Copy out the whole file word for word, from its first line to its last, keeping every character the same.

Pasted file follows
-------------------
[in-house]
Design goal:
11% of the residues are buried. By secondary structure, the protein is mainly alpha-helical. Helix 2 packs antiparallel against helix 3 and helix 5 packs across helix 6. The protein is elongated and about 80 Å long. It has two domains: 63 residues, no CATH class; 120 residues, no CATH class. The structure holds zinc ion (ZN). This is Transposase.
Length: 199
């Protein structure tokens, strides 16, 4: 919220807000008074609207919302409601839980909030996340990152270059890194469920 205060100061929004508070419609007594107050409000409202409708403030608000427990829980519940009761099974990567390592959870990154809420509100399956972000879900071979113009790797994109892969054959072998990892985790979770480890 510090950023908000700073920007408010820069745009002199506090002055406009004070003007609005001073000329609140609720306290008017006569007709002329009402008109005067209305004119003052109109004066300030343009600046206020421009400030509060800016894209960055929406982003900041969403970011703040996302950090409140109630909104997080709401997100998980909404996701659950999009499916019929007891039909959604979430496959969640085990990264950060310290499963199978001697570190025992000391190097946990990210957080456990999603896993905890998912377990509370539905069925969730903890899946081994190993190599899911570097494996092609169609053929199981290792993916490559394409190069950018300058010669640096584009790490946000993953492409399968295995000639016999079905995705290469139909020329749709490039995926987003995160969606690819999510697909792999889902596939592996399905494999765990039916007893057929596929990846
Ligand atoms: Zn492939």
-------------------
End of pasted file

[in-house]
Design goal:
11% of the residues are buried. By secondary structure, the protein is mainly alpha-helical. Helix 2 packs antiparallel against helix 3 and helix 5 packs across helix 6. The protein is elongated and about 80 Å long. It has two domains: 63 residues, no CATH class; 120 residues, no CATH class. The structure holds zinc ion (ZN). This is Transposase.
Length: 199
């Protein structure tokens, strides 16, 4: 919220807000008074609207919302409601839980909030996340990152270059890194469920 205060100061929004508070419609007594107050409000409202409708403030608000427990829980519940009761099974990567390592959870990154809420509100399956972000879900071979113009790797994109892969054959072998990892985790979770480890 510090950023908000700073920007408010820069745009002199506090002055406009004070003007609005001073000329609140609720306290008017006569007709002329009402008109005067209305004119003052109109004066300030343009600046206020421009400030509060800016894209960055929406982003900041969403970011703040996302950090409140109630909104997080709401997100998980909404996701659950999009499916019929007891039909959604979430496959969640085990990264950060310290499963199978001697570190025992000391190097946990990210957080456990999603896993905890998912377990509370539905069925969730903890899946081994190993190599899911570097494996092609169609053929199981290792993916490559394409190069950018300058010669640096584009790490946000993953492409399968295995000639016999079905995705290469139909020329749709490039995926987003995160969606690819999510697909792999889902596939592996399905494999765990039916007893057929596929990846
Ligand atoms: Zn492939």